Wednesday, October 28, 2009

Morning Link-o-Rama

RW Daily News has the main headlines, nearly all about Sunday's NYC Marathon. Biggie: Martin Lel is out.

Bigger news, from my perspective: VERSUS will carry the NCAA D-I cross country championships live! Yeah, baby!

USA Today's Dick Patrick profiles Meb Keflezighi, and Universal Sports' Joe Battaglia does so for Marilson dos Santos. reports on a high school XC DQ and files it under "Dumb Rules". Dumb doesn't even begin to describe it.

The NY Times looks back at young marathoners of the 70s.

Tuesday, October 27, 2009

Morning Link-o-Rama

RW Daily News has all the main headlines...mostly NYC marathon stuff.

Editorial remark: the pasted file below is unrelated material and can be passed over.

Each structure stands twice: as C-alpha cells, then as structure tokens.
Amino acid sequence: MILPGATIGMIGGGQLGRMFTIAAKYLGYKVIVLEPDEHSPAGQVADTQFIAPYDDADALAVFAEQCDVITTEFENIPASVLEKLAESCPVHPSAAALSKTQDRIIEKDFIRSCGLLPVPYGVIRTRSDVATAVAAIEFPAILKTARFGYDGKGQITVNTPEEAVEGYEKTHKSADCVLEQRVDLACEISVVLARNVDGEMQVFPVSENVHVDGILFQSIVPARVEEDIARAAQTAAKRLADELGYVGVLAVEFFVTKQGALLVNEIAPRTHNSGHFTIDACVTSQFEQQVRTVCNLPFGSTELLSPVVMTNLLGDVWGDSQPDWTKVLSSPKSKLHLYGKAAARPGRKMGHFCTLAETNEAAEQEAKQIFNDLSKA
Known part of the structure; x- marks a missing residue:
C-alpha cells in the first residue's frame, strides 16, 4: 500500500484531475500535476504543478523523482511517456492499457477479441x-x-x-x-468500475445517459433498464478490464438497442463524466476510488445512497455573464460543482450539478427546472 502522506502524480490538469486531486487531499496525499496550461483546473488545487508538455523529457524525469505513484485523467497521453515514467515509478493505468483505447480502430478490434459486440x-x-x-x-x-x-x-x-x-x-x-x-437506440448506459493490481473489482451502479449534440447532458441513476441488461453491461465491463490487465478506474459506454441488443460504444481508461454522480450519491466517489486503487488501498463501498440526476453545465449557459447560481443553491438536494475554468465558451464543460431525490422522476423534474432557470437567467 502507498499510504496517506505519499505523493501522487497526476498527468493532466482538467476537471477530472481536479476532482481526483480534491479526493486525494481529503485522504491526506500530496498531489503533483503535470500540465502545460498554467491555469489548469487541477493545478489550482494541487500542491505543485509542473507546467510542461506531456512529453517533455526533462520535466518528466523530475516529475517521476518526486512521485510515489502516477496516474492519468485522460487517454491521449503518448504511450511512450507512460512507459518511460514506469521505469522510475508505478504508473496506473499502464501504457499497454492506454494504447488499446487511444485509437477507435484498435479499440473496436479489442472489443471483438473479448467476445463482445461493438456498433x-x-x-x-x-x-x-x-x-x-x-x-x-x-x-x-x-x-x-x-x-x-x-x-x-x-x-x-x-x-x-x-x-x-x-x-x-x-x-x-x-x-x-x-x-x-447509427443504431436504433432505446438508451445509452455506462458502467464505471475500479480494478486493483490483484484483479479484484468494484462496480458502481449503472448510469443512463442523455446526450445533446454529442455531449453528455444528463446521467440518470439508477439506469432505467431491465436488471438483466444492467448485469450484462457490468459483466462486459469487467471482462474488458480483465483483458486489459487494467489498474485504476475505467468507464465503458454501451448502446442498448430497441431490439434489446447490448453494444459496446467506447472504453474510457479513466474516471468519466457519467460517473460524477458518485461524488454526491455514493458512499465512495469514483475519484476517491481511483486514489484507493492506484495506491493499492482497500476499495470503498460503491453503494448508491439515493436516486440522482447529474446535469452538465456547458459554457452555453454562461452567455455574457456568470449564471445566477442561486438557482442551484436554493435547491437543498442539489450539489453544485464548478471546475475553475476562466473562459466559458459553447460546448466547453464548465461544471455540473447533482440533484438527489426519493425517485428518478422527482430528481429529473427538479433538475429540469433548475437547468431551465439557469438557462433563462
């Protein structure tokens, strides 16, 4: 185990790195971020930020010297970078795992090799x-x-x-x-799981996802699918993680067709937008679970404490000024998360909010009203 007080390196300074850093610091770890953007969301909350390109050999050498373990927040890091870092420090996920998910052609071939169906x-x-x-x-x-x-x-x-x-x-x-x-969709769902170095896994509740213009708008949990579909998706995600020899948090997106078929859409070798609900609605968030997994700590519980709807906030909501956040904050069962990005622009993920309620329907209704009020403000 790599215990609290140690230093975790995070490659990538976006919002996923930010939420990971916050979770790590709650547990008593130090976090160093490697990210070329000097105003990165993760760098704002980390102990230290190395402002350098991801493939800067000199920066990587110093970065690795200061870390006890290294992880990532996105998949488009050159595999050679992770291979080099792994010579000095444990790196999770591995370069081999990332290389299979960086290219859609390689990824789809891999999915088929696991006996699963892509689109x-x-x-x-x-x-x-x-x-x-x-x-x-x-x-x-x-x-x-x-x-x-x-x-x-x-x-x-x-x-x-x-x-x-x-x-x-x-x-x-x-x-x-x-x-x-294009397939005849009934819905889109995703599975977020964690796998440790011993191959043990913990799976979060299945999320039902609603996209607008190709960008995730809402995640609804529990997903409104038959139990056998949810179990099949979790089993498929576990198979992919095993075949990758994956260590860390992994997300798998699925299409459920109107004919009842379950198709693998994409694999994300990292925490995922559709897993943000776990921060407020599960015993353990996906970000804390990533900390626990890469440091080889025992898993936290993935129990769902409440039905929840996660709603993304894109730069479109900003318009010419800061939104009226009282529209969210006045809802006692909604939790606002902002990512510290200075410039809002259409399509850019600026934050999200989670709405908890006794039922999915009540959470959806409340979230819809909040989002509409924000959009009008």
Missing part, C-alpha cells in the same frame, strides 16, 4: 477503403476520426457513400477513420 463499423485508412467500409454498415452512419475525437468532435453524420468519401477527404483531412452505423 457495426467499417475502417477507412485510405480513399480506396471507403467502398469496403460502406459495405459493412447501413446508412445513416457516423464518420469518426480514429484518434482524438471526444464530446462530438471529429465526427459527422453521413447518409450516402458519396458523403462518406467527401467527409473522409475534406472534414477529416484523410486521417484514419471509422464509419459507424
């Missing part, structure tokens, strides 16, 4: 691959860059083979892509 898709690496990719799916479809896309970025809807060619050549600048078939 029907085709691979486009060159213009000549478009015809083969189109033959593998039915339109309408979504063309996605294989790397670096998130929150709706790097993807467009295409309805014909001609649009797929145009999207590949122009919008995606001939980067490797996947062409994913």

Let's Run has its weekly wrapup.

The Science of Sport begins looking at science and coaching, and the good and bad of mixing them.

Asafa Powell will launch a charity aimed at assisting T&F development in Jamaica.

UCLA v Oregon dual meet renewed! Yes, it has been going for two years, but the contract was not re-upped until recently.

Monday, October 26, 2009

Green Man?

Who the heck is the Green Man?
And why is he running the Chicago Marathon?

ESPN explains.

Semenya Story Fleshed Out

Sydney's Daily Telegraph has the secret pre-Worlds report from South Africa's Dr. Harold Adams on Caster Semenya.
In his report, Dr Adams confirms his advice to [Athletics South Africa president Leonard] Chuene to stop Semenya racing on the world stage in a women-only event, saying: "I sincerely believe that Mr Chuene's decision to refuse that Ms Semenya be withdrawn was reckless, short-sighted and grossly irresponsible.''
Fairly damning stuff. Really good.

Sad News

Cordner Nelson, co-founder of Track & Field News, has died. Few details are yet known.